Why You Shouldn't Worry About M1 Mac Malware

It's more about the OS than the silicon

Key Takeaways

  • M1-optimized malware for Apple's latest Macs has been found 'in the wild.'
  • These Apple Silicon-optimized packages are no worse than Intel-based malware.
  • The least secure part of your computer is you, the user.
Person typing on their MacBook
Kaitlyn Baker / Unsplash

Malware is already targeting the new M1 Mac processor, with at least two exploits found "in the wild." But it’s unlikely to be any worse than the malware already contaminating Intel Macs.

Apple's M1 Macs should, in theory, be more secure than the machines they replace. They use Apple's own Apple Silicon chips, which have successfully repelled iOS malware for years. But a lot of the iPhone and iPad's resilience is down to the operating system. iOS was conceived in a hellscape of malicious attacks, whereas the Mac was designed in a time when viruses and phishing didn't exist. Will the M1 chip make any difference? Probably not.

"I’ll give you the straight, honest, and not very exciting answer," Dr. Richard Ford, chief technology officer of security company Cyren, told Lifewire via email, "there’s no reason to be especially worried about M1 Mac Malware—at least, not over and above the malware that exists today for Intel-based Macs."

The Story So Far

Two instances of M1-optimized malware have been studied so far, but neither of them are anything special. They’re just versions of existing malware, recompiled to run natively on Apple Silicon hardware.

One was discovered by Patrick Wardle, security writer and founder of security site Objective-See, while rebuilding his own software to run natively on M1 Macs. Wardle realized that malware authors might be doing the same, and set to search for Apple Silicon-optimized malware. He found a version of a well-known piece of adware named Pirrit. In this case, it installs itself as a Safari extension.

"While we tend to think of the ‘fancy’ malware that makes the headlines, a lot of day-to-day attacks don’t even involve much code."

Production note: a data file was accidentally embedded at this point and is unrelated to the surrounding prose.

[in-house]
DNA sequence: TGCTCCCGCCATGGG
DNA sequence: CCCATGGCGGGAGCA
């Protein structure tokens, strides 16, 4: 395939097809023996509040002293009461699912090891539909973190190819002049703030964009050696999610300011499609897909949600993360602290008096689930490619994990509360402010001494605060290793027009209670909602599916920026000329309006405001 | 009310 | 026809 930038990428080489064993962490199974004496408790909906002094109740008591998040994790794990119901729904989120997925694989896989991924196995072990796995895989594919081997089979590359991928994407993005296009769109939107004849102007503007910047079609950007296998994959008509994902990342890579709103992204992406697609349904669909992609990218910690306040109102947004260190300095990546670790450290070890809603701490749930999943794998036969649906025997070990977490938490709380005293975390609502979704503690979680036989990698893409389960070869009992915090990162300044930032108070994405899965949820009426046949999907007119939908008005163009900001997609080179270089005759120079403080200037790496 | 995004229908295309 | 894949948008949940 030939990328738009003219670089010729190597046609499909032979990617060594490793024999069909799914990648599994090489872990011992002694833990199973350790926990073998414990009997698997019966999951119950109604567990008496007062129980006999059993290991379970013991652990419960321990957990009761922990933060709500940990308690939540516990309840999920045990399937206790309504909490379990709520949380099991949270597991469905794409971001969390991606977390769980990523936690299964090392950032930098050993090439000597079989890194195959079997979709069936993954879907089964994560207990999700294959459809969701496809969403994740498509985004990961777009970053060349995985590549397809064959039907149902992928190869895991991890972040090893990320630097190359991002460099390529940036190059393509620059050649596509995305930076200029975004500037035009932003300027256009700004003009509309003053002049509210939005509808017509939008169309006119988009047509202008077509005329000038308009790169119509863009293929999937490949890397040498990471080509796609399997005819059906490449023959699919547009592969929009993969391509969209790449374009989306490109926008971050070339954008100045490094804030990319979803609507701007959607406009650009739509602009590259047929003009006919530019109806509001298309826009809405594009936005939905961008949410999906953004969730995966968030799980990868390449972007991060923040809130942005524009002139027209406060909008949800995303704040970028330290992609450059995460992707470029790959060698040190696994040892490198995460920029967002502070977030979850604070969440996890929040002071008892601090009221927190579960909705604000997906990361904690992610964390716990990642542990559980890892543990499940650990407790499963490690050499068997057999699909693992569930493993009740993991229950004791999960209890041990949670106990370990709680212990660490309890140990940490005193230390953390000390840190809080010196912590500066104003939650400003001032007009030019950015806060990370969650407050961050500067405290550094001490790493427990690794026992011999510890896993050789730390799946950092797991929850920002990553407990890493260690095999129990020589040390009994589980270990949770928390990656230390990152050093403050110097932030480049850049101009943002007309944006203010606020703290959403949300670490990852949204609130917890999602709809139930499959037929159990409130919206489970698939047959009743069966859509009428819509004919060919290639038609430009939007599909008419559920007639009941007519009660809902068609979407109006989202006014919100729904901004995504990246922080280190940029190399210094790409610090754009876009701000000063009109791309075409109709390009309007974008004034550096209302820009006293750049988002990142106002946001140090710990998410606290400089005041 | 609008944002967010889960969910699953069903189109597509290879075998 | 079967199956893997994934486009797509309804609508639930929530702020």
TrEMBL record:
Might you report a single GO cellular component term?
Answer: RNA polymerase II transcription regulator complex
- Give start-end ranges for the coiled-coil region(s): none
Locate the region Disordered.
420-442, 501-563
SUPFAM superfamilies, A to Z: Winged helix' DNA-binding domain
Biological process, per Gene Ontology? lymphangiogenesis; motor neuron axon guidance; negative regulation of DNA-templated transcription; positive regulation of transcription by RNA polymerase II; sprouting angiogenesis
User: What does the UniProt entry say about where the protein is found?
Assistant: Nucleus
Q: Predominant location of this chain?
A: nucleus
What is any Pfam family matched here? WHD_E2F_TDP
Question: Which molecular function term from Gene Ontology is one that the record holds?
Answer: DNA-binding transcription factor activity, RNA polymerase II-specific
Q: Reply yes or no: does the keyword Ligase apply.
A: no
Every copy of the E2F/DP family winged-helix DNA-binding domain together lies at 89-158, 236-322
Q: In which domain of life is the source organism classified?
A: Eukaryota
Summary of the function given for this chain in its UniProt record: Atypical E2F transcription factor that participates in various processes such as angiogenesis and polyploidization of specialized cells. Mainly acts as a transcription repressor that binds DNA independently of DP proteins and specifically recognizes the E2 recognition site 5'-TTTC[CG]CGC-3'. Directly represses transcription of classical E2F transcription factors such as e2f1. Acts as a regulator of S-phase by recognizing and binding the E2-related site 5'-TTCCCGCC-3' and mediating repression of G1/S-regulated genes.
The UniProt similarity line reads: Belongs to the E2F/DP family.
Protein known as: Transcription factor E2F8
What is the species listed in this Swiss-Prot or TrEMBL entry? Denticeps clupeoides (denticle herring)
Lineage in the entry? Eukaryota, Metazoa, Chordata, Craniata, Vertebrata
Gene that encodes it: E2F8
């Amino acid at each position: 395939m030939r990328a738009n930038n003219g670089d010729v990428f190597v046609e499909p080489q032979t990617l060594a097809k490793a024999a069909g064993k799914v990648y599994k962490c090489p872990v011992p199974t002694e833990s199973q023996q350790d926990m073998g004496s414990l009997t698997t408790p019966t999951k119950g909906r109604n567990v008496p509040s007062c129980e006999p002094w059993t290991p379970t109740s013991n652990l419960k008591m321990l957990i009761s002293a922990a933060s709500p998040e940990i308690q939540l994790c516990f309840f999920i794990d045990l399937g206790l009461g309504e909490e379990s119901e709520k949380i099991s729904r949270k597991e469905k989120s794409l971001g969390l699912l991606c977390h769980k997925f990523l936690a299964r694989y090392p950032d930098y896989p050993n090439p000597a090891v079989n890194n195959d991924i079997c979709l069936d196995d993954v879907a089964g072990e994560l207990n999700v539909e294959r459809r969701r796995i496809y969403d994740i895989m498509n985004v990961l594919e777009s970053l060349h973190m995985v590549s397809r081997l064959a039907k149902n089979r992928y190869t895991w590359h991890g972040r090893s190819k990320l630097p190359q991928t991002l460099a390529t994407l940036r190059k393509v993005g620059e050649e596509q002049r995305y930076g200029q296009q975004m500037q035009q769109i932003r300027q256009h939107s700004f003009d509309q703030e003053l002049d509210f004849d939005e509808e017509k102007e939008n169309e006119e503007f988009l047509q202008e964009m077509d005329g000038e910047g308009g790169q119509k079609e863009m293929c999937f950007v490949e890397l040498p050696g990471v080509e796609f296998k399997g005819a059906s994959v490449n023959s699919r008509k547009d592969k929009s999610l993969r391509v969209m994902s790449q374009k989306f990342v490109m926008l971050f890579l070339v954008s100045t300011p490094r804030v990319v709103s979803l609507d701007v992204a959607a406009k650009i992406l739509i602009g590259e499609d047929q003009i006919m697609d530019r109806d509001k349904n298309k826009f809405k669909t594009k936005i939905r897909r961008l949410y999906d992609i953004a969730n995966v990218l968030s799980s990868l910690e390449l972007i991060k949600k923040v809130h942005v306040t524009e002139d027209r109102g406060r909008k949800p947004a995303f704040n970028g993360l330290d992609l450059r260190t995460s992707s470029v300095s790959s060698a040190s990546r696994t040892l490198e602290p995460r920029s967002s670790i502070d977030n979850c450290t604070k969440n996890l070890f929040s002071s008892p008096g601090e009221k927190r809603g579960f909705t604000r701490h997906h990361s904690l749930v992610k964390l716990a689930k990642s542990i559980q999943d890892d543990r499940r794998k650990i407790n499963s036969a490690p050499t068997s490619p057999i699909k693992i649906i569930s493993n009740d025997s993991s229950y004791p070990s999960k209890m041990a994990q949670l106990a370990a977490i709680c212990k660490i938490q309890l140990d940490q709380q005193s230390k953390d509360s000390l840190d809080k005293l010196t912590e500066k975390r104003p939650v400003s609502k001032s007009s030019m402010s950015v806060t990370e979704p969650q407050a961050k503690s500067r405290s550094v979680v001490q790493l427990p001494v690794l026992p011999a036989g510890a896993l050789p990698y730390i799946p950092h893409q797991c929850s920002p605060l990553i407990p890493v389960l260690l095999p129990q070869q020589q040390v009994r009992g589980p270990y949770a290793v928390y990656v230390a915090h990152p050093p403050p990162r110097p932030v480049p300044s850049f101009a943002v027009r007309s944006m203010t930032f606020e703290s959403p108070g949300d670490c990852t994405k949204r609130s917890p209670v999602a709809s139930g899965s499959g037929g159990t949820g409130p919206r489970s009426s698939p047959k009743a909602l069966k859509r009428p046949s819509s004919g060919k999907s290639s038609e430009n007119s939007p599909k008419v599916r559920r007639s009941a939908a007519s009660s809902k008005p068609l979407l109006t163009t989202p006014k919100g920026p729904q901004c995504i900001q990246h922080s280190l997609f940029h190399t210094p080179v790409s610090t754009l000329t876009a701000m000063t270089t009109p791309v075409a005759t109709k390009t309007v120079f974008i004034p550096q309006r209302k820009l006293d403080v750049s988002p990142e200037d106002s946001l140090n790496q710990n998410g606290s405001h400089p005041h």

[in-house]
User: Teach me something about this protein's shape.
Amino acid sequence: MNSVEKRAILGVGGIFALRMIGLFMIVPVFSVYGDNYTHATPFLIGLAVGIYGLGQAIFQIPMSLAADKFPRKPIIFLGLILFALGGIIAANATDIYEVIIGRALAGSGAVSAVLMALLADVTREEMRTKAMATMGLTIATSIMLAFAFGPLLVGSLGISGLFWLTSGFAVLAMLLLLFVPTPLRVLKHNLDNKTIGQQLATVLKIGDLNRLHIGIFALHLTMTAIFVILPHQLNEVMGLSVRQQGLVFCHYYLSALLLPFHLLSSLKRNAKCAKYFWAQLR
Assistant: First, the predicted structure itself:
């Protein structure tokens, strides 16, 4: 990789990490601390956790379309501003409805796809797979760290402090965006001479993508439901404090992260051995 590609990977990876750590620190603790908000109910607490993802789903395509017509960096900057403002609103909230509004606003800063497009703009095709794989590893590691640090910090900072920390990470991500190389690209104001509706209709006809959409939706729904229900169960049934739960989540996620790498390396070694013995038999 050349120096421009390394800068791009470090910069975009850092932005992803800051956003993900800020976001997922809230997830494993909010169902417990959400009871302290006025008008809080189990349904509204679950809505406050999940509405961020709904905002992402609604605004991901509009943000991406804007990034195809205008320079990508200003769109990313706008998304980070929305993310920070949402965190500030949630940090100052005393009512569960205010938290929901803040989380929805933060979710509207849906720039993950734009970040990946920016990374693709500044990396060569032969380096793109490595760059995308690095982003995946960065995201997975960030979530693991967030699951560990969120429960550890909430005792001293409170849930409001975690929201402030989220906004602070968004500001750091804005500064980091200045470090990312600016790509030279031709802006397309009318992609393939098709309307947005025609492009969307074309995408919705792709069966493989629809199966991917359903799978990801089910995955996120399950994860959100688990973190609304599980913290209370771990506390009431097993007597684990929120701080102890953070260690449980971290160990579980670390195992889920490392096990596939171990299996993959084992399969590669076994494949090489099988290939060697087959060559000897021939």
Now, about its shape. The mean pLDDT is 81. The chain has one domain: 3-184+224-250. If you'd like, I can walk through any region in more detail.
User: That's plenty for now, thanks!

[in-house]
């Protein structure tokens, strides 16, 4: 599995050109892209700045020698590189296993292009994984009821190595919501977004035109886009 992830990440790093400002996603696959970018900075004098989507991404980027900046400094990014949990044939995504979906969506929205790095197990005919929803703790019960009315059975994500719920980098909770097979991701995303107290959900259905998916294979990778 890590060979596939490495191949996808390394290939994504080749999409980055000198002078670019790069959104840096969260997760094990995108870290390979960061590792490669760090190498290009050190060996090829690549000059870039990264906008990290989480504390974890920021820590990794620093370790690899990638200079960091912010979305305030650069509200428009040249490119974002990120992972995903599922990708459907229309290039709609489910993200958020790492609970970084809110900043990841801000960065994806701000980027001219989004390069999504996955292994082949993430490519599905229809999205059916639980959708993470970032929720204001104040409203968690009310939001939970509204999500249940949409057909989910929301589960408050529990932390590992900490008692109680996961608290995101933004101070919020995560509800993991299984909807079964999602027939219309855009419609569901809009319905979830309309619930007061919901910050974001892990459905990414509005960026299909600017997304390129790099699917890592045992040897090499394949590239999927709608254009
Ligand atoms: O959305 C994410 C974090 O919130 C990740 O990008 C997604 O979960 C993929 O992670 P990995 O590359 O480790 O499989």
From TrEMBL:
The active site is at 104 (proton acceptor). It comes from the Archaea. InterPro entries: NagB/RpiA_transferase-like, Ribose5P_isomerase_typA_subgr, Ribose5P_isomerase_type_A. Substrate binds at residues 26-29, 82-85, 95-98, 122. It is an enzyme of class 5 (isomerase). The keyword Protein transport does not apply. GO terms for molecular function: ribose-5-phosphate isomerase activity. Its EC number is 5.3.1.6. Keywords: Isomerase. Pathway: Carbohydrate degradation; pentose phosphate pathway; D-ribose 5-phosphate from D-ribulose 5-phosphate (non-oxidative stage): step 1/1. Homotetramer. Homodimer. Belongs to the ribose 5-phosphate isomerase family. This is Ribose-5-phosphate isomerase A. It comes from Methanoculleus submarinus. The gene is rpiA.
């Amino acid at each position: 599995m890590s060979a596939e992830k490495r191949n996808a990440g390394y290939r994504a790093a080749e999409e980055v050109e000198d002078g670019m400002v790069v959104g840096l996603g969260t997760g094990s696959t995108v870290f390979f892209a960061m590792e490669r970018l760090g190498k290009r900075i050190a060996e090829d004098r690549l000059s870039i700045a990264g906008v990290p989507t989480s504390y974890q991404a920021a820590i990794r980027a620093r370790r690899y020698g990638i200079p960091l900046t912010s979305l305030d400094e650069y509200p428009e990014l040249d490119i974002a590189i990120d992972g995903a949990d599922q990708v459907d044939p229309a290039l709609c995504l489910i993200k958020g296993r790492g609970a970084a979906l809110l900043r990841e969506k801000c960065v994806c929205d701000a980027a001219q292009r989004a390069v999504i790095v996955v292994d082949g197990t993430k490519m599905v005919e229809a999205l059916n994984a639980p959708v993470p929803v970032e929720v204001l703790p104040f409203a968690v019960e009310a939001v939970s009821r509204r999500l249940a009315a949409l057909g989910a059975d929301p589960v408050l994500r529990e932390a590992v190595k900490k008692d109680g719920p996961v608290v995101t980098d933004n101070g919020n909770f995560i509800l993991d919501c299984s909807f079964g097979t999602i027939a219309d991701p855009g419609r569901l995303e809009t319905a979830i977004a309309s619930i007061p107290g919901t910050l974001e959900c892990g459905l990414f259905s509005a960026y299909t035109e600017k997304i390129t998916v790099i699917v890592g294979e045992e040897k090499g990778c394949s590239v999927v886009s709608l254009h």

The other recently-discovered M1-native malware is called Silver Sparrow. Security researchers Red Canary discovered this package, and it had spread to almost 30,000 Macs by mid-February. Like most Mac malware, this instance has to be explicitly installed by the user. Usually they’re tricked into this, either by phishing emails or by dressing the malware up as an update.

So far, these two Apple Silicon-optimized pieces of malware don't show any special features. Wardle's discovery was just an existing malware package, recompiled for the M1, and Silver Sparrow doesn't actually do anything other than install itself. It’s probably just a test or proof-of-concept.

Also, existing Mac malware can run just fine under Rosetta 2, Apple's translation layer, which allows apps written for Intel Macs to run seamlessly on Apple Silicon Macs. Malware is just software, after all, so the only difference so far might be that this native malware runs faster and more efficiently on Apple Silicon.

What About iOS?

Now that the Mac shares a chip architecture with the iPhone and iPad, is it possible that malware can cross-propagate between the two? 

"Given how the M1 resembles the chips in an iOS device and how the operating systems seem to be increasingly similar, it seems logical to ask if malware for the Mac represents a potential vulnerability for iOS," security writer Charles Edge told Lifewire via email, "but that seems unlikely, given how much more locked down, or sandboxed, the iOS platform is. Instead, we continue to see the Mac embracing more of the security model of iOS."

"There’s no reason to be especially worried about M1 Mac Malware."

This brings us to the main defense against such attacks: the operating system itself. On iOS, every app runs inside a "sandbox." That is, it can never interact with, or even be aware of, other apps or parts of the operating system. This keeps everything compartmentalized and safe.

In recent years, Apple has tried to take the Mac in the same direction, but it's hard. And because apps can be installed from anywhere, not just the App Store, it's always possible the user can be tricked into installing malware on their device. And perhaps our conception of malware as "computer viruses" is out of date anyway.

"While we tend to think of the ‘fancy’ malware that makes the headlines," says Cyren's Ford, "a lot of day-to-day attacks don’t even involve much code. Instead, bad guys target users through phishing attacks using files. These files contain minimal code—just enough to get the user to the phishing site itself."

In the end, the most vulnerable part of your computer is you. Apple and Microsoft can build in all the security they want, but if users click the wrong link, or install malware themselves, then all bets are off.

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